“Do you know what this plant is?” asks Anny, our local Finance Director. I didn’t. Anny speaks to one of the warehouse blokes accompanying us; he disappears and returns with a cleaver. Plant is chopped. Plant is stripped with teeth. Plant is eaten.
I’ve never eaten raw sugar cane before, so didn’t know to expect a large residual amount of plant matter to remain in my mouth despite frantically chewing it for ages. Eventually Anny tells me you’re not supposed to swallow it.
The sugar cane picking (/slicing?) was in a field at the back of the Argos warehouse, a 90 minute drive from the office. The field is bordered by a row of old-looking houses, one of which we visited for lunch. There’s apparently a specific Chinese word for this type of establishment (which I’ve already forgotten) that allows travellers (or warehouse staff) to eat, sleep and play card games/Mahjong but it’s neither a hotel nor a restaurant. Cooked from scratch by the friendly chef/owner, our food on Friday lunchtime was far tastier than that served in many “proper” restaurants here in Shanghai. And far cheaper. I’d go so far as to say “Probably the best food in a field near a warehouse I’ve ever had in my life”.
Friday evening’s promised meal of “street food” was tasty enough, but didn’t quite live up to its billing. As Haydn observed, the restaurant was on a street, but that’s about it. I think we’re obviously missing something here, but to order, the customers seemed to have to leave the building, walk down the street a little, point to some food through a window (being barbecued) then go back into the restaurant. An entertaining evening with Haydn, Bronwen, Alex and a few of the marketing team; we learned several new Chinese swear words that won’t be appearing on the blog anytime soon.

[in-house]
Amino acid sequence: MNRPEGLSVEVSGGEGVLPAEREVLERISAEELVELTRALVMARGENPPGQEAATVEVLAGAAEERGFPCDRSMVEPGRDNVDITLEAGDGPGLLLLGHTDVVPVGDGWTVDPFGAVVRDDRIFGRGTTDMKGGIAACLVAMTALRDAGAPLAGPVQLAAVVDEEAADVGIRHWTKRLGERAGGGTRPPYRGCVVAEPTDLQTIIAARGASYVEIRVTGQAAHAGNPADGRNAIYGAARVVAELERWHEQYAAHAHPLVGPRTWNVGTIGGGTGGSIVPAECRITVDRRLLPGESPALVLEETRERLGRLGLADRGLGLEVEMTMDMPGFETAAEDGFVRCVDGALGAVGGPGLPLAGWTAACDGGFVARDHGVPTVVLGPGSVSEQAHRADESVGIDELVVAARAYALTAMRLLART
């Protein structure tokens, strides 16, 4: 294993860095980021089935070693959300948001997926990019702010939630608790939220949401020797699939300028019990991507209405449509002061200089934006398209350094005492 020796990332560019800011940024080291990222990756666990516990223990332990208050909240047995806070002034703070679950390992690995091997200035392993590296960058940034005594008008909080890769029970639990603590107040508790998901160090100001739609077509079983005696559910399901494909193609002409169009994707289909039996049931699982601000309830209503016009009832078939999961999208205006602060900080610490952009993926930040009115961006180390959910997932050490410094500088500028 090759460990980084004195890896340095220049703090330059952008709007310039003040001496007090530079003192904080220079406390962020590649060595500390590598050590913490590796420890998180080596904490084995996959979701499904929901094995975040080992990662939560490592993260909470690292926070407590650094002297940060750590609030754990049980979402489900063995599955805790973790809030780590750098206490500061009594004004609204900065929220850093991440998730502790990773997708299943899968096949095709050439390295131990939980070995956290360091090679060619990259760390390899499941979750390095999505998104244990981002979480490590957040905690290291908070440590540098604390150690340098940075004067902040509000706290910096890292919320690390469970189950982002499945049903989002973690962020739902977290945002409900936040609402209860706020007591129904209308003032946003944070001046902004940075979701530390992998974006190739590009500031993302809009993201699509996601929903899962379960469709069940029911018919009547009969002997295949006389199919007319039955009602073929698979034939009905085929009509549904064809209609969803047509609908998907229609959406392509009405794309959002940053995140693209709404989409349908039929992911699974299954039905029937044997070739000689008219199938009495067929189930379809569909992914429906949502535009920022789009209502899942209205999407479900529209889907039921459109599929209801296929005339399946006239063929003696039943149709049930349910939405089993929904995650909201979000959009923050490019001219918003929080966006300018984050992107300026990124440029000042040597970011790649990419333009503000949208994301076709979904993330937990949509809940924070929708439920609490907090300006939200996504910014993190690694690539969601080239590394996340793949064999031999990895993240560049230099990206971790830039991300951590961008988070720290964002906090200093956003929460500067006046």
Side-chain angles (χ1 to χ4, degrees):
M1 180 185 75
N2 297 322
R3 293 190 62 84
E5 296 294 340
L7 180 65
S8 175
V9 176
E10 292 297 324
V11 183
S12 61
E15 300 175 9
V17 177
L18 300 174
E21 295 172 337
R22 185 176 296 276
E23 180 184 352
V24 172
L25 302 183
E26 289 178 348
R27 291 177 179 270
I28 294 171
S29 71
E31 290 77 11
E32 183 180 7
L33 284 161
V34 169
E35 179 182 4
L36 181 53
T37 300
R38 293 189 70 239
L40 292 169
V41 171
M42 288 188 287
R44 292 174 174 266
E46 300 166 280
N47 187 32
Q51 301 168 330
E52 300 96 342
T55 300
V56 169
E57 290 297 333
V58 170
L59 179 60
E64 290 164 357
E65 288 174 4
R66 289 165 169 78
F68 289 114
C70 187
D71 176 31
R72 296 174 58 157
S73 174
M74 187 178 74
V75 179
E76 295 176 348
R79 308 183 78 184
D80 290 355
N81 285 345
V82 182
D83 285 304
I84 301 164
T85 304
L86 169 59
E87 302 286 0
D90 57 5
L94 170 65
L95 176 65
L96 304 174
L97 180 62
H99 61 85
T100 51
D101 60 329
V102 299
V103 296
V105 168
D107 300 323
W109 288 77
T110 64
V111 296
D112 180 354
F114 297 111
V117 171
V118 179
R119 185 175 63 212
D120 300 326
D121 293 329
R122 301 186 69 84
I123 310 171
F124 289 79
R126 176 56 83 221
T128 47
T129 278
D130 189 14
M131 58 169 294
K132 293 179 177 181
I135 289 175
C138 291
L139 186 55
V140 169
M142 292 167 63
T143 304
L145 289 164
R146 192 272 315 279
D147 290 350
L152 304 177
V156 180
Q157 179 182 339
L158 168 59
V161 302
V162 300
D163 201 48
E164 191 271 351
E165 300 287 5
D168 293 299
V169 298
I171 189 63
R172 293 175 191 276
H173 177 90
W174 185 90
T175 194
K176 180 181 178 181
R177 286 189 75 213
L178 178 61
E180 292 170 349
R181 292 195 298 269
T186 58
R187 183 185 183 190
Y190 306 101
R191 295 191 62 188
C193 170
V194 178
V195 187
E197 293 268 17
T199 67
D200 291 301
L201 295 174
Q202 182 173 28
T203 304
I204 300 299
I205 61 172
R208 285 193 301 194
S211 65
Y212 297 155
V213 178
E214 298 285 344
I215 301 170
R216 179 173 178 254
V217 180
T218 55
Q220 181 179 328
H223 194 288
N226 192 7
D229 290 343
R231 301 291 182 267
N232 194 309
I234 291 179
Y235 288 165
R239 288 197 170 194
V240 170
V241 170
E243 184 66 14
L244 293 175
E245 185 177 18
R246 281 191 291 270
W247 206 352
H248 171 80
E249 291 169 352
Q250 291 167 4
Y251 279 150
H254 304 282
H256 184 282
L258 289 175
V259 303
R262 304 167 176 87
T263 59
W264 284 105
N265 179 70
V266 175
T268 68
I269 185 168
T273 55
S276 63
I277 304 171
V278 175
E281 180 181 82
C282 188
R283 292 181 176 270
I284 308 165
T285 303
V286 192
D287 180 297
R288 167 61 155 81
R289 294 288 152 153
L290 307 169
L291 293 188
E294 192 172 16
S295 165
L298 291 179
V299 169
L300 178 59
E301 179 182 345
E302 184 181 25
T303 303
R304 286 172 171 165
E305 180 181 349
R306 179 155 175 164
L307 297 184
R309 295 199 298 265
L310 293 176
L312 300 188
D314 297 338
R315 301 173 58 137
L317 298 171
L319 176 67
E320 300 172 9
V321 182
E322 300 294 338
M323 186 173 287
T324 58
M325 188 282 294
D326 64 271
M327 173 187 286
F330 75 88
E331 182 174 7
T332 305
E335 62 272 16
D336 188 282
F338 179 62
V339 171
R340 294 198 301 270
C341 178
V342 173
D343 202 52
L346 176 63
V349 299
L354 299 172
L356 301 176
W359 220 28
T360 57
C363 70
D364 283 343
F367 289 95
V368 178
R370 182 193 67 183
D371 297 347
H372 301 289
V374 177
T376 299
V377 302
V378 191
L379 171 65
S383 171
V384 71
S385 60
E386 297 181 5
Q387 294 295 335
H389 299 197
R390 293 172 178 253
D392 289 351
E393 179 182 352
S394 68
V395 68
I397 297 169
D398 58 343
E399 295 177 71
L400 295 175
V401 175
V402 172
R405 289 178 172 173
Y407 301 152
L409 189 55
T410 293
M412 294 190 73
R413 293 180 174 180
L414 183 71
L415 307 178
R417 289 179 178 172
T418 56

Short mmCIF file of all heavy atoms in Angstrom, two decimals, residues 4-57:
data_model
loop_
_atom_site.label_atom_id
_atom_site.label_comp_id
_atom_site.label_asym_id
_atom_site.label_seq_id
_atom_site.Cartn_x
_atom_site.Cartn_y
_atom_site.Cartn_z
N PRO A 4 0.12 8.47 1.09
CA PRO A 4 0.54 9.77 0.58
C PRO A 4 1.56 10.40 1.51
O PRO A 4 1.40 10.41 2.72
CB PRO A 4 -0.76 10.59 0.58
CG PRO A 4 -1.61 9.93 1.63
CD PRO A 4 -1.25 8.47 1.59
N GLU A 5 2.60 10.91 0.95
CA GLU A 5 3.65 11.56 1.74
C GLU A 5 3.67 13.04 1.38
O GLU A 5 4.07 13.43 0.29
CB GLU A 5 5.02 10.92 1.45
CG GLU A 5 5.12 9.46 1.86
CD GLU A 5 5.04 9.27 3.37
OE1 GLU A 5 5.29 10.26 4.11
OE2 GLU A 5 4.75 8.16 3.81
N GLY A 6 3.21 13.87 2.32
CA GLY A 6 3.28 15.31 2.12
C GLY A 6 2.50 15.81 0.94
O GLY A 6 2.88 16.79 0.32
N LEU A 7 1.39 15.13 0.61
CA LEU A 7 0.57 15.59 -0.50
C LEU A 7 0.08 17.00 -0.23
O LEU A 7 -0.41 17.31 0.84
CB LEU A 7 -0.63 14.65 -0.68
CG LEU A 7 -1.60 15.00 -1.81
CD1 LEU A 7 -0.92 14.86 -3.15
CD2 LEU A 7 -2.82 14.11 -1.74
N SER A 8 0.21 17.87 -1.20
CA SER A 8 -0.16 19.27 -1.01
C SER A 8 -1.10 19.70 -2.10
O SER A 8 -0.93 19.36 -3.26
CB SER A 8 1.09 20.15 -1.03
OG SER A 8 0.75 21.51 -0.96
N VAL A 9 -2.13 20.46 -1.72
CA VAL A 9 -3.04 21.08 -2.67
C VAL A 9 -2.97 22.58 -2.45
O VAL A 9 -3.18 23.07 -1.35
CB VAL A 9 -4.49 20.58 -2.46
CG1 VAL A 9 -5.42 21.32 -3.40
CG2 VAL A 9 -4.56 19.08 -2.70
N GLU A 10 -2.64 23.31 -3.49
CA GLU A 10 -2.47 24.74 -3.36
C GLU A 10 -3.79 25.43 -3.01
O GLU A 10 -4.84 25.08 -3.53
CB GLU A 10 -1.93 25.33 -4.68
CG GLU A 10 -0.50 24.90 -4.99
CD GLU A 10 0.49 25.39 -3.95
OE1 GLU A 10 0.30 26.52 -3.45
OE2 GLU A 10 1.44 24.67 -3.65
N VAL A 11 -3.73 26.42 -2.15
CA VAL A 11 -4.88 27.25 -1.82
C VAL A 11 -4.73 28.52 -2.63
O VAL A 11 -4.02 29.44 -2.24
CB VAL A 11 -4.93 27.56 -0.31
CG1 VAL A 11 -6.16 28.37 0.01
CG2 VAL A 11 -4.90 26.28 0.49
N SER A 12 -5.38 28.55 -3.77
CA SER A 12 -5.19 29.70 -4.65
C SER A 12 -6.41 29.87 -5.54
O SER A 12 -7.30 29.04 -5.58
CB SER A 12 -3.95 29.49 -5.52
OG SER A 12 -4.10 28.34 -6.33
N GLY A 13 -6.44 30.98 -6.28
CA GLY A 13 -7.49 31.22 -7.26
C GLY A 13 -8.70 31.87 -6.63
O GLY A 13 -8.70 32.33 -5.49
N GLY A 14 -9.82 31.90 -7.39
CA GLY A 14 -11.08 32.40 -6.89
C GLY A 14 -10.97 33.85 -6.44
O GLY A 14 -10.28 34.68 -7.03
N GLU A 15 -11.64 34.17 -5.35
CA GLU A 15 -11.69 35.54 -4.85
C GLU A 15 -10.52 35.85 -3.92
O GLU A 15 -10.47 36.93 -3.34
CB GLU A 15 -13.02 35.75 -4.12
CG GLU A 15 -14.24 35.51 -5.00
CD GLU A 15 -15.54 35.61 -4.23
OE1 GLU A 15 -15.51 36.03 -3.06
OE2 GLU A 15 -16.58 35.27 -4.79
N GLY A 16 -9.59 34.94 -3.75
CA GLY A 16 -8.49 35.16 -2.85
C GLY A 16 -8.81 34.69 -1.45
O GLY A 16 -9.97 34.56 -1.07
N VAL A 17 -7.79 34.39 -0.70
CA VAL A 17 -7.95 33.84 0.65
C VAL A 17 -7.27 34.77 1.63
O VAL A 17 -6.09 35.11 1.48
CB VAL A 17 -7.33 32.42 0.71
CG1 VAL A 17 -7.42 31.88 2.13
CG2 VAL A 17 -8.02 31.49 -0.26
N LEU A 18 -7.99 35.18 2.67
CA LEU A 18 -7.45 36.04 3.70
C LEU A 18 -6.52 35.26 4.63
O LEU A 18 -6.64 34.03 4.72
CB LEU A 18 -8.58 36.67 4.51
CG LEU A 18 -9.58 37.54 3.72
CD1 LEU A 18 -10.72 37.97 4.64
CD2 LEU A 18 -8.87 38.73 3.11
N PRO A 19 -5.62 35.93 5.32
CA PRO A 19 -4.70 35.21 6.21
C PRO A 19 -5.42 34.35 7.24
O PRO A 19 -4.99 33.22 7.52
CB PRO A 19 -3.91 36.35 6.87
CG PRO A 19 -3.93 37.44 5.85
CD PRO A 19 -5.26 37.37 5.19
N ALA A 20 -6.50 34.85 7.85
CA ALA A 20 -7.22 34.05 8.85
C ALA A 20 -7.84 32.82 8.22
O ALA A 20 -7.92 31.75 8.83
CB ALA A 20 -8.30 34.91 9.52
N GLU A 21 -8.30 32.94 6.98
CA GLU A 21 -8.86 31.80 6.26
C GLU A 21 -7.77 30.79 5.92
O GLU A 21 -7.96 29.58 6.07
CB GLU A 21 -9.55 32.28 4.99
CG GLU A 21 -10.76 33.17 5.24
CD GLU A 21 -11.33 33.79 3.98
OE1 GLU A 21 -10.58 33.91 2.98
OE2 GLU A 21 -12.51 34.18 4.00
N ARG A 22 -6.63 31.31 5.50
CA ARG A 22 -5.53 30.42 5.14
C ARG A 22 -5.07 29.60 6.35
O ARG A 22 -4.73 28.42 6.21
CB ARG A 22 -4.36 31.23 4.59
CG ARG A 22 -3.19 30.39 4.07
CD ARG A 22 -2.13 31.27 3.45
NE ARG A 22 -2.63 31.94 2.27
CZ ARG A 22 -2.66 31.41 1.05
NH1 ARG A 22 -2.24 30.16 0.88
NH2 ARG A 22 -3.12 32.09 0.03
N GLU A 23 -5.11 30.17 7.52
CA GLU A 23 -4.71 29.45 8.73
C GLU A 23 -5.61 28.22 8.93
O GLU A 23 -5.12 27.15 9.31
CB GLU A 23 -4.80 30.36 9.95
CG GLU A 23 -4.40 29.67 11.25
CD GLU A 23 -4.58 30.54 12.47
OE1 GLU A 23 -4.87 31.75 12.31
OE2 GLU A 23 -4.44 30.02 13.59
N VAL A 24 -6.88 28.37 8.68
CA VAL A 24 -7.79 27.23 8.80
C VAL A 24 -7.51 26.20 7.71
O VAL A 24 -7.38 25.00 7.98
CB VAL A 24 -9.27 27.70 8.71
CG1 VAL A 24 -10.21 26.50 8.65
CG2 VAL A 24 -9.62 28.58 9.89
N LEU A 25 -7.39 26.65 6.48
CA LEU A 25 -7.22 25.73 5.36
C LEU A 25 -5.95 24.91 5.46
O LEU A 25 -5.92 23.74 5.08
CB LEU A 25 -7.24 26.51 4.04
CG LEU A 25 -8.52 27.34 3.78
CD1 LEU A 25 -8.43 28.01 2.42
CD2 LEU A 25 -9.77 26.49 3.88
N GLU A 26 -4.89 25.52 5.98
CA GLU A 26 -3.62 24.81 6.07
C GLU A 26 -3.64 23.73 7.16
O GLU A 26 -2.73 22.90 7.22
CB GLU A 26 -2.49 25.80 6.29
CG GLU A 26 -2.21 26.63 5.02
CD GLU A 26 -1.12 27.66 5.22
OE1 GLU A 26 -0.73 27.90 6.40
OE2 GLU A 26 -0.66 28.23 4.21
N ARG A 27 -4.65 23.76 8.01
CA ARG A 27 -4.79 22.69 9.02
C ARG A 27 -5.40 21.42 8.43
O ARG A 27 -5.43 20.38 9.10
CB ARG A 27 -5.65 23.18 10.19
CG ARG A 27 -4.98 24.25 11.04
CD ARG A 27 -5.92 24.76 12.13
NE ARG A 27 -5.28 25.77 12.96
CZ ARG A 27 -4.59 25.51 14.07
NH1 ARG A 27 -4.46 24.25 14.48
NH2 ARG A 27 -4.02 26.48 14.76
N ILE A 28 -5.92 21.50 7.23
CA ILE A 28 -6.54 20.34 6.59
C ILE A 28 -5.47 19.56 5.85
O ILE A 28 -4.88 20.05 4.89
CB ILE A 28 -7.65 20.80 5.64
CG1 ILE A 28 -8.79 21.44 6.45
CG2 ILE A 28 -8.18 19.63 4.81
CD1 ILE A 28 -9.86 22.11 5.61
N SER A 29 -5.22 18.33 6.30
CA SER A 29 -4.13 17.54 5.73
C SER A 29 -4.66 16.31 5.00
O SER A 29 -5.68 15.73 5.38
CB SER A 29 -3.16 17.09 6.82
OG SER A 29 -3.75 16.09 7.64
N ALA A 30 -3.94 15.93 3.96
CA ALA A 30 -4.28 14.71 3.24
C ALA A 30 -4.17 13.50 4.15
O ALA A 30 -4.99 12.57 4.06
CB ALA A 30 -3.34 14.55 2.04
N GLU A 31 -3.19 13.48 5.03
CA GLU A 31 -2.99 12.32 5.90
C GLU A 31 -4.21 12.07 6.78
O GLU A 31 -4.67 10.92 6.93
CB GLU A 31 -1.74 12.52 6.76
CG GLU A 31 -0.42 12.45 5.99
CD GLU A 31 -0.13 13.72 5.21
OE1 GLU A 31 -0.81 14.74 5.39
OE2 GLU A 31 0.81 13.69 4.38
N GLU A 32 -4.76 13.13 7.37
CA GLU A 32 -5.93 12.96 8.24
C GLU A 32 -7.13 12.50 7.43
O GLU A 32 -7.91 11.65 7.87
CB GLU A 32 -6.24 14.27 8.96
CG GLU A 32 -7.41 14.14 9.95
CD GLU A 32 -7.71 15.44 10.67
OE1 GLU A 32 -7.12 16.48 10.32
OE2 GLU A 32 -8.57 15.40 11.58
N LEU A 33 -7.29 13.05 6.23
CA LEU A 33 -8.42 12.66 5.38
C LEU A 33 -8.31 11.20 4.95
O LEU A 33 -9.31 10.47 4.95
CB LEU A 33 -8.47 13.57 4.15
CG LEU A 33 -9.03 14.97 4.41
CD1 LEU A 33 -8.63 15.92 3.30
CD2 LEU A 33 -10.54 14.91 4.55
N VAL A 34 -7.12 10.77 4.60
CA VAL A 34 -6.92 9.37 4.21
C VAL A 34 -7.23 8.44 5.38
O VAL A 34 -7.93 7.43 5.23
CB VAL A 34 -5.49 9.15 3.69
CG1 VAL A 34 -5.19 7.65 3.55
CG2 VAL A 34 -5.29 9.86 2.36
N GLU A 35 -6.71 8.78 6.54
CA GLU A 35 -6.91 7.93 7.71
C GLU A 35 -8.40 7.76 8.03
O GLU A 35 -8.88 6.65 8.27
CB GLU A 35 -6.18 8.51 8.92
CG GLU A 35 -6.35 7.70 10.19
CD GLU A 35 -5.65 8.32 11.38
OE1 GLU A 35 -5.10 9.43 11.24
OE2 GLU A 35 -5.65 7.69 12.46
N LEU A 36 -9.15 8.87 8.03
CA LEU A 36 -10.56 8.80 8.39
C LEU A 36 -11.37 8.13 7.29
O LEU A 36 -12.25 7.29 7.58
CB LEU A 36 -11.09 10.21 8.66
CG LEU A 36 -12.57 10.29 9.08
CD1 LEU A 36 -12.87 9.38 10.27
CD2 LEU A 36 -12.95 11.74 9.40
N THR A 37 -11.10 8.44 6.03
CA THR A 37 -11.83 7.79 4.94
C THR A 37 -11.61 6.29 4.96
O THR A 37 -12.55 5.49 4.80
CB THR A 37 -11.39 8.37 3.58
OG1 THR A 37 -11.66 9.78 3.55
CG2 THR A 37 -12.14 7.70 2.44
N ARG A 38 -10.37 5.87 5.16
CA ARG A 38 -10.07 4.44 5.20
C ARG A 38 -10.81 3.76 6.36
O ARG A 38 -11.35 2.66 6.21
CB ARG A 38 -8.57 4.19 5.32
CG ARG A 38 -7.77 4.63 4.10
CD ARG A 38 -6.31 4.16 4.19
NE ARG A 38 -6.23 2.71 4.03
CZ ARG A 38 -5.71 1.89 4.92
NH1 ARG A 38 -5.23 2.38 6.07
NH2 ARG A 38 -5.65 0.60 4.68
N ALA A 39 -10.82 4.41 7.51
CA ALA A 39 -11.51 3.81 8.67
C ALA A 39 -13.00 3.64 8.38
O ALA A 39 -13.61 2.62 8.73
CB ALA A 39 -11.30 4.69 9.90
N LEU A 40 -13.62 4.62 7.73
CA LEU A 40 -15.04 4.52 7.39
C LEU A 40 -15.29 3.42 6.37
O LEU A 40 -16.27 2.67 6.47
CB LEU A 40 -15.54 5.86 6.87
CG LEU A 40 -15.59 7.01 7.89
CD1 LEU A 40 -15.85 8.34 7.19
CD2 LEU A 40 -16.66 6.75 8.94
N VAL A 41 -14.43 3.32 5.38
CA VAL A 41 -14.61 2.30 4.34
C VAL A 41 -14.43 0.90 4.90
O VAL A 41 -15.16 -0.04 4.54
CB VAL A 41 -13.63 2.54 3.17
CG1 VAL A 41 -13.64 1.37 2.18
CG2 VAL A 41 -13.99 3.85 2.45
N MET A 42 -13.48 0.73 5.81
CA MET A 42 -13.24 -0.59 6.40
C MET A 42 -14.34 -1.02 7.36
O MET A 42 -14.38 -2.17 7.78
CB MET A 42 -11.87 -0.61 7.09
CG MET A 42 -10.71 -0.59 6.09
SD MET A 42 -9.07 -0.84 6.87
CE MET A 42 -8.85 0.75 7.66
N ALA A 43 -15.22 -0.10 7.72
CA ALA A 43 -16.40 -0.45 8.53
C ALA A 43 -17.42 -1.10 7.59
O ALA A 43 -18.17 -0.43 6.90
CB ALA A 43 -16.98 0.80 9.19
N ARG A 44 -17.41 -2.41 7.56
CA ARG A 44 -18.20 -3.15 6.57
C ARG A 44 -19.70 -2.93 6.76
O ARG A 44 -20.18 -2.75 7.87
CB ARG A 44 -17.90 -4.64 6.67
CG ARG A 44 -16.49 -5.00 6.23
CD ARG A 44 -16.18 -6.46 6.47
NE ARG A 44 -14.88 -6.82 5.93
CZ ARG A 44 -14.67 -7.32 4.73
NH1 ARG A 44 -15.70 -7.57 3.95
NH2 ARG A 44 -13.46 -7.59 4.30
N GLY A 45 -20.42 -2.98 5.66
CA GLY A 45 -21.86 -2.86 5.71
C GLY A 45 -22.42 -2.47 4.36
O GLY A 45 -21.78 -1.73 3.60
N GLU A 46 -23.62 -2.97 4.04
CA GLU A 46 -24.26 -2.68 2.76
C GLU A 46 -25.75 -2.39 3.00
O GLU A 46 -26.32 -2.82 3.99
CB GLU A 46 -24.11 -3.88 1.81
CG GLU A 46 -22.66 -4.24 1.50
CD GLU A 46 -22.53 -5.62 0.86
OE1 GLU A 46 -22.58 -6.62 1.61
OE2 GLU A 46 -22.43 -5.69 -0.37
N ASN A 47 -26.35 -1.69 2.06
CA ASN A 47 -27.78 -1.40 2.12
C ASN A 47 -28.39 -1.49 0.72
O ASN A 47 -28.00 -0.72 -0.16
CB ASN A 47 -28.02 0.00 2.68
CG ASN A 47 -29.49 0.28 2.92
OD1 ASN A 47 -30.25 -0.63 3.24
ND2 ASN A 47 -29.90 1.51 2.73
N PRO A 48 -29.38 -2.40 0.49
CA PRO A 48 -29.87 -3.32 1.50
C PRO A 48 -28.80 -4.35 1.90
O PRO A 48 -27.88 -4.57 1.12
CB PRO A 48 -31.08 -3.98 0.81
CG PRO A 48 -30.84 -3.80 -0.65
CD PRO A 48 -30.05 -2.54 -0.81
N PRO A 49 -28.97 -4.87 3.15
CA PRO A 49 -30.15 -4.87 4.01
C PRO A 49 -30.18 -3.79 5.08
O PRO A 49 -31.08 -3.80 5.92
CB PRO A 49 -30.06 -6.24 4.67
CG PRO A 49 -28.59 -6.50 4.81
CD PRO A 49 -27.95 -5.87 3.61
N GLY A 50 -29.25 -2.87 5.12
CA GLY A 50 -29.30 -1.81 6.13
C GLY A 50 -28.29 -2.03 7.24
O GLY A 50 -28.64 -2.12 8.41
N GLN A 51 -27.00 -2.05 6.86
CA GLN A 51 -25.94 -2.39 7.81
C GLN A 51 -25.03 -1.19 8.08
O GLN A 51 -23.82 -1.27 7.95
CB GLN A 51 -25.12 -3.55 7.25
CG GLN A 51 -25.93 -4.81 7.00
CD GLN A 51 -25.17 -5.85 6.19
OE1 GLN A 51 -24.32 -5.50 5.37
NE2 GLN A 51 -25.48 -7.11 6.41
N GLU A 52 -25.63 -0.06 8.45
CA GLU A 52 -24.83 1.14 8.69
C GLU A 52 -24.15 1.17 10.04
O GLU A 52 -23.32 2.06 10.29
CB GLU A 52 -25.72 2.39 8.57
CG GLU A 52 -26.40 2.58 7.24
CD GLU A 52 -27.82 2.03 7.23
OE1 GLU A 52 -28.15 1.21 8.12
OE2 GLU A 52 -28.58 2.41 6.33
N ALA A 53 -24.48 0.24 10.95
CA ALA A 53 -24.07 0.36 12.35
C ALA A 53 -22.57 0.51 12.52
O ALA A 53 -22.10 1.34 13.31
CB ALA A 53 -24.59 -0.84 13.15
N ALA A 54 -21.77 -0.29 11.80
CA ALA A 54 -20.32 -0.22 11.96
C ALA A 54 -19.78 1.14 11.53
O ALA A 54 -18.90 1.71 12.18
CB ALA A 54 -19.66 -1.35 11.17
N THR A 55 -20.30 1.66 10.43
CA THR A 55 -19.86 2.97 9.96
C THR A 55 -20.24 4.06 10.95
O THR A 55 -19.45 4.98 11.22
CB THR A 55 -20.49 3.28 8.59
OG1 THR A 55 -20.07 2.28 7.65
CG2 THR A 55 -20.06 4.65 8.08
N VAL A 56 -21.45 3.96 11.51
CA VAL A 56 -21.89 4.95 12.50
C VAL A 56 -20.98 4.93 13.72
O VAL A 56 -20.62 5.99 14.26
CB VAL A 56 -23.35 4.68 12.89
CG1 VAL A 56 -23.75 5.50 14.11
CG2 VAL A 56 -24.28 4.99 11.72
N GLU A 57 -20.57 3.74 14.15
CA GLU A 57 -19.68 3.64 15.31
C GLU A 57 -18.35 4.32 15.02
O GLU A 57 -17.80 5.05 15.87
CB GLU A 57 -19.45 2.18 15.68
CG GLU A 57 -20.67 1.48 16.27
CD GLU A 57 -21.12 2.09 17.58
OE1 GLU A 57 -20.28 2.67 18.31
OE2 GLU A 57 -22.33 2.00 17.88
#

Out to a big park on Saturday daytime with Rachel and her friend. Shanghai has several of these parks tucked away in its nether regions, all offering something slightly different. This one featured very sinister looking Donald Duck and Mickey Mouse copies, and a pedal powered mini-roller coaster type thing. I’m told these sorts of rides are available in the UK, but it was new to me. We also had a ride on the world’s shortest scary roller coaster. Scary because Chinese roller coasters aimed at kids aren’t sized for Western men (yes, my fault, I know). The barrier that holds you in holds you in. Very snugly. Very, very snugly.
We needed the excitement after zooming around the park’s lake in our turbo-powered speedboat. Zooming at 7kmph max speed.
All week, barriers, hoardings and mini-grandstands have been appearing on one of the main roads near our house. All the signage has been in Chinese with no mention of the event in any of the usual ex-pat magazines, other than to say the road was going to be closed on Saturday night. So, early Saturday evening, I dragged Bronwen, John and Alex down to see what was going on. The friendly policeman understood my flaky Mandarin question of “What is this festival?” but inevitably the response was a stream of Mandarin I couldn’t understand. Ever helpful, he phoned a friend, chatted for 5 minutes and then, beaming with pride and in beautifully spoken English, said “It is China festival!”
So on Saturday night, we saw several floats go by, a few dancers dancing, crowds of people watching and all we really know is that it was a festival in China.